Entrepreneurs in San Francisco face notoriously high regulatory hurdles to get their businesses off the ground. It is the most complex city we studied: Layers of onerous zoning review and permitting requirements present serious challenges. On top of this, California Environmental Quality Act (CEQA) regulations require many projects to undergo environmental review. While the model businesses in this study would be exempt from CEQA, other ventures that require, for example, the construction of new buildings would likely not be exempt. It is also difficult and time-intensive to properly determine if a business would be subject to environmental review. On the other hand, San Francisco has useful agency websites with comprehensive starter kits for common business types such as restaurants and food trucks.

Key Takeaways

In San Francisco, the cost, delays, and complexity imposed by the regulatory process for small businesses make it difficult—or even impossible—for entrepreneurs to start the ventures of their dreams and pursue their passions.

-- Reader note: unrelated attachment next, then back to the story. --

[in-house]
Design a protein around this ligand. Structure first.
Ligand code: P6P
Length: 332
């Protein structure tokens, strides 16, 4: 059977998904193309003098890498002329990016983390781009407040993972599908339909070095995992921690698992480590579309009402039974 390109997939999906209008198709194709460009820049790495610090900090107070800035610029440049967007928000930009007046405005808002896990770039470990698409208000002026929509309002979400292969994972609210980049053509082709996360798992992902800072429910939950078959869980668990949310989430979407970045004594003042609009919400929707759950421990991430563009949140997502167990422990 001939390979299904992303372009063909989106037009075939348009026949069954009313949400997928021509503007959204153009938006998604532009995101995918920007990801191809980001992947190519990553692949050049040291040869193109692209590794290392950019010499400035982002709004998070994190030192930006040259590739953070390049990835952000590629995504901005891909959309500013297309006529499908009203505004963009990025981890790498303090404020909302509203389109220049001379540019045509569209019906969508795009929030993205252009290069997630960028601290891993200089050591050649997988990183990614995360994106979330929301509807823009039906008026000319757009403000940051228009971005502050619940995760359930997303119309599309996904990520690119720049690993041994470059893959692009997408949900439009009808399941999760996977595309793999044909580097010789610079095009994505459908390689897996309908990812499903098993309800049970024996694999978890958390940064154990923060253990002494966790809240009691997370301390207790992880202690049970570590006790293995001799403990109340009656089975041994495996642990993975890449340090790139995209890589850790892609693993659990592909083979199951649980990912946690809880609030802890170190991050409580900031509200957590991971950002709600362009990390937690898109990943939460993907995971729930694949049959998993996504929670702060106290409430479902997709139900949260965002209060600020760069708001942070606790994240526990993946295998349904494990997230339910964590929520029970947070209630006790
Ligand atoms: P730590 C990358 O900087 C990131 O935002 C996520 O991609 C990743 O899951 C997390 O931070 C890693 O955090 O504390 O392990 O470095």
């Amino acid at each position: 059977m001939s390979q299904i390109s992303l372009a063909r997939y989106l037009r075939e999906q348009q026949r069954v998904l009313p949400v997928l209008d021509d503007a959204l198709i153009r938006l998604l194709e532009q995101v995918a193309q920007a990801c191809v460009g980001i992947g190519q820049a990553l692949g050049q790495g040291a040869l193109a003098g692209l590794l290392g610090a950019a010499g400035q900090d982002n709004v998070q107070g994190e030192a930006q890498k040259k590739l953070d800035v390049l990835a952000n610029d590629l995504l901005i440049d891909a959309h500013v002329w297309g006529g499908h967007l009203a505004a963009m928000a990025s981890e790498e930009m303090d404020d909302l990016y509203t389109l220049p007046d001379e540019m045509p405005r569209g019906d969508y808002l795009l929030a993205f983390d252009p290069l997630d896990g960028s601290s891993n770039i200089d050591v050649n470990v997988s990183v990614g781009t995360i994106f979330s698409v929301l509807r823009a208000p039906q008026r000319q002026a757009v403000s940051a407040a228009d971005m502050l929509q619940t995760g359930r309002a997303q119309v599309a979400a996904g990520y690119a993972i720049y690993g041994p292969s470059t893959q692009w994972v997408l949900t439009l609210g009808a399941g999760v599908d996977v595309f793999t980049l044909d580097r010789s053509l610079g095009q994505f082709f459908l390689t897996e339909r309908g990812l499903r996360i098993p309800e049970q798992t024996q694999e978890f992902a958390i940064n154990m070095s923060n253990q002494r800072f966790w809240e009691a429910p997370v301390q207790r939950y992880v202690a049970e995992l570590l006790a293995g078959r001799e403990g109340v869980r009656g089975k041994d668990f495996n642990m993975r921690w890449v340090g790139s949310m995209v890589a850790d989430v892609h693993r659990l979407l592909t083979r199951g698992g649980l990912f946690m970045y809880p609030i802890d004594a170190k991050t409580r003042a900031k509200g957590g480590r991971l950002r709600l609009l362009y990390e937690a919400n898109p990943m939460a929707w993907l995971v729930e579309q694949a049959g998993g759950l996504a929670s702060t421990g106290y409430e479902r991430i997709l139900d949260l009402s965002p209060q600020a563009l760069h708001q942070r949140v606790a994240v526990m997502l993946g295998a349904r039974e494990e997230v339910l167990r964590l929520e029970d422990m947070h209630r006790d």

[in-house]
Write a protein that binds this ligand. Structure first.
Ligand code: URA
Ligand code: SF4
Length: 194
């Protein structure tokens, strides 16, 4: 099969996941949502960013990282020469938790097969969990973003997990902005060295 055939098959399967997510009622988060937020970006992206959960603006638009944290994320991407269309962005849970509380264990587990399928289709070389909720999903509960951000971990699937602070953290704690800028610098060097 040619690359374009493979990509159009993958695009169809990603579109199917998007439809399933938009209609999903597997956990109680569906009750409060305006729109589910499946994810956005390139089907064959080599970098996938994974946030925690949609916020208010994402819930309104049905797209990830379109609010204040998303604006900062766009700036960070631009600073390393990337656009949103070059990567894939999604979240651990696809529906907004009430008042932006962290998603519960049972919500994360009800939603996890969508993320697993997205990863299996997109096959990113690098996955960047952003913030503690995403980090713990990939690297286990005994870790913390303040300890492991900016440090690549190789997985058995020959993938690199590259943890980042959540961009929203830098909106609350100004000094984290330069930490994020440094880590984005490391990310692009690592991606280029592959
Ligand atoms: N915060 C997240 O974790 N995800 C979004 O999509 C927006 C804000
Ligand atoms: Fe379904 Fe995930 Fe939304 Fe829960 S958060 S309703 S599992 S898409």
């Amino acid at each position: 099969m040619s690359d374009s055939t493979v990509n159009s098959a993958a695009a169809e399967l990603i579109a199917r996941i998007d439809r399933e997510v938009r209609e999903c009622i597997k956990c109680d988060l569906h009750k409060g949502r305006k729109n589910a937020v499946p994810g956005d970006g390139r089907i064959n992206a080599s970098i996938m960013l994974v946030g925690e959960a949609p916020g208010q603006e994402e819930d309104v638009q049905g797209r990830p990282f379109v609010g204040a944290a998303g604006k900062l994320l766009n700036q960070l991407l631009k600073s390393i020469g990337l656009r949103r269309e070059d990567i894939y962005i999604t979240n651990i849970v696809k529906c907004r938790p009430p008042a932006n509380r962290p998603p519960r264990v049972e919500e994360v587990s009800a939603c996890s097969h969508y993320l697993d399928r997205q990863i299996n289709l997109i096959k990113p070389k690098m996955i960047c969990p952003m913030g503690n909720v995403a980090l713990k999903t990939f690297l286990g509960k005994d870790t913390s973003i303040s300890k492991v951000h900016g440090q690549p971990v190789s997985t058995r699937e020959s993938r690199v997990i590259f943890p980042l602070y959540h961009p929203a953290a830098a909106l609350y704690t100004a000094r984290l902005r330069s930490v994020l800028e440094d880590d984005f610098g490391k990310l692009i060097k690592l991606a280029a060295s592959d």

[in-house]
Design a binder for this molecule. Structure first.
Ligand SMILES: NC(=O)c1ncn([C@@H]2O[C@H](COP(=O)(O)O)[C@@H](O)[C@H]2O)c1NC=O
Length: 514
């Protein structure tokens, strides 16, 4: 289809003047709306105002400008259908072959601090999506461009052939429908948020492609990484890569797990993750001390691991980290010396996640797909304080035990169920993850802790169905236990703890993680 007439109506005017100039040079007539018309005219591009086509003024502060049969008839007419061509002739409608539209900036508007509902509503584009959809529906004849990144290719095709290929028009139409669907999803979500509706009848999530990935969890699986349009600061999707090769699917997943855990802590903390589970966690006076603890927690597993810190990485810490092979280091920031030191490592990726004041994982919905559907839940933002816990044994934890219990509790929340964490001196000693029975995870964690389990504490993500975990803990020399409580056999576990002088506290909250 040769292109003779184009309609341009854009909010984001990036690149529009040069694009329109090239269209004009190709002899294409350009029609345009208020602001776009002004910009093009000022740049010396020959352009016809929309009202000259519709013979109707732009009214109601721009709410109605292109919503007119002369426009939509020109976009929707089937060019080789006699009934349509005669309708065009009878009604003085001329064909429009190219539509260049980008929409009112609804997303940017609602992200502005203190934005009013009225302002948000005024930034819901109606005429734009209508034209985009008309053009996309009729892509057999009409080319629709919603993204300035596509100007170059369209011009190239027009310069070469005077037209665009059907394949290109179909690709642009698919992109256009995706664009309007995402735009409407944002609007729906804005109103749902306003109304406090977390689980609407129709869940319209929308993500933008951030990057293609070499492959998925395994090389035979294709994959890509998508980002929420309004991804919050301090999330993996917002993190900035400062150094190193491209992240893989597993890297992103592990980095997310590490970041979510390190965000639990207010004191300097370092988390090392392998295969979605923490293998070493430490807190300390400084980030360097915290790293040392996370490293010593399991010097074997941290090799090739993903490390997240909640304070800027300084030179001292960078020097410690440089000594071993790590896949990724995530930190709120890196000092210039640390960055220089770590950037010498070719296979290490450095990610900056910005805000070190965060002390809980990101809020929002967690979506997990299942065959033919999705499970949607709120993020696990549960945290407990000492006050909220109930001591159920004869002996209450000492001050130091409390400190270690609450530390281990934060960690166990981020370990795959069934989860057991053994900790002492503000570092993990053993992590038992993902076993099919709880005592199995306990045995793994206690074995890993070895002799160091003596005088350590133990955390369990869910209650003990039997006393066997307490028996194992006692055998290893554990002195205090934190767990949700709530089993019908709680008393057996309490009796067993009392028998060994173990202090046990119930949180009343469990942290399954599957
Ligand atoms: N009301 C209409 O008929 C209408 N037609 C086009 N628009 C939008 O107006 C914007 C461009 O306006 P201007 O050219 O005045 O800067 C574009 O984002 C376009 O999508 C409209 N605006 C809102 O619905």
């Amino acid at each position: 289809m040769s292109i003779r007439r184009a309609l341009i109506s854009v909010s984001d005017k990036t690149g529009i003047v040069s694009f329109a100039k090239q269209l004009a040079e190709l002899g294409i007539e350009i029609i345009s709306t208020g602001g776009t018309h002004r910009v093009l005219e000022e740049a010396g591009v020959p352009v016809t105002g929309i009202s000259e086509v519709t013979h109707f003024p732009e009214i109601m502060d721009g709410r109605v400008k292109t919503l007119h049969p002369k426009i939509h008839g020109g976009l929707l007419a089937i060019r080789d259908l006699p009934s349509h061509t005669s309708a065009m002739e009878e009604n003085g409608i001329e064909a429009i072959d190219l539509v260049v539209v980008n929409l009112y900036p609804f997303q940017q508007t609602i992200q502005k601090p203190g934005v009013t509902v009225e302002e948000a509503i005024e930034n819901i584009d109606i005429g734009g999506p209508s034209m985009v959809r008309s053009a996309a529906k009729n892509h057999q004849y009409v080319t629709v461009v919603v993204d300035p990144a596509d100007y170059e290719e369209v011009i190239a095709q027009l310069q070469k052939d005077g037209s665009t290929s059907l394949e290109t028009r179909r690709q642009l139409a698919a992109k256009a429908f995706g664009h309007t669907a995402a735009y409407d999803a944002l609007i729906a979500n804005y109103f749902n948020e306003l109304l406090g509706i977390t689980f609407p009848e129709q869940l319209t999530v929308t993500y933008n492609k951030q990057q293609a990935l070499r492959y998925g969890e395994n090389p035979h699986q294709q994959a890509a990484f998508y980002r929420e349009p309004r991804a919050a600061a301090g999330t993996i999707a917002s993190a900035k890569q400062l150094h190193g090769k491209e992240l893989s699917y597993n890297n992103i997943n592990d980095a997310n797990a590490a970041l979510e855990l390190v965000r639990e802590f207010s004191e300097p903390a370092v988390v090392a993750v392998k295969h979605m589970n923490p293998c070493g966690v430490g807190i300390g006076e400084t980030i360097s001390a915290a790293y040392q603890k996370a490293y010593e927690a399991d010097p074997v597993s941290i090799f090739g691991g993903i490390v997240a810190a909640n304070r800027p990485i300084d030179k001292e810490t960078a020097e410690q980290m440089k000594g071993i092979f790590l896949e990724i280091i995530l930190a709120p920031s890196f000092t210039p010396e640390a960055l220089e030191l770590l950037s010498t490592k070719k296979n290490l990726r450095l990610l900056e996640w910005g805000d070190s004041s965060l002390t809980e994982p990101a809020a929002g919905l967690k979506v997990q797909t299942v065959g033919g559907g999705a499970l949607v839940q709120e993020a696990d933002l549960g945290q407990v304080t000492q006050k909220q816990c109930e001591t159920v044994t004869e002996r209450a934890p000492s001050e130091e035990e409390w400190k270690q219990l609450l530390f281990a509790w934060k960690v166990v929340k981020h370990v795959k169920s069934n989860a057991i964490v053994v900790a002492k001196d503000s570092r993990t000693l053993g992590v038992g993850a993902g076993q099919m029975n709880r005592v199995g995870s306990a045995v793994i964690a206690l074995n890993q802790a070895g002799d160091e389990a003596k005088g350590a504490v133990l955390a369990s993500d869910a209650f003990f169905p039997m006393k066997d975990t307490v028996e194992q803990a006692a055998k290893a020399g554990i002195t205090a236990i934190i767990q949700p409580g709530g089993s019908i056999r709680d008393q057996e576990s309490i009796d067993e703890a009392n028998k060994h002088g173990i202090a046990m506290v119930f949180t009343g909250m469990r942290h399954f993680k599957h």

It is more expensive to start a business in San Francisco than in any of the other cities we studied. Environmental reviews and exemptions are the single most expensive part of starting a business, but they are not the only hurdle facing entrepreneurs, as the city piles on additional regulatory burdens. For example, building permits required to open a restaurant cost $7,600 in review fees and $2,423 in issuance fees, contributing to the total price tag of $22,648 facing would-be restaurateurs.


The environmental review process can take a very long time and delay the start-up process, due to its numerous veto points and opportunities for public input. Restaurants must also go through 61 steps to get started in San Francisco, further delaying entrepreneurs from opening their doors.


Useful city agency websites have comprehensive starter kits for common business types, earning the city a four out of five on the one-stop shop analysis. These are comprehensive and generally include all applicable requirements, but some city agencies such as the Department of Building Inspection still operate on older, difficult to use sites, creating more layers of complexity when parsing out requirements.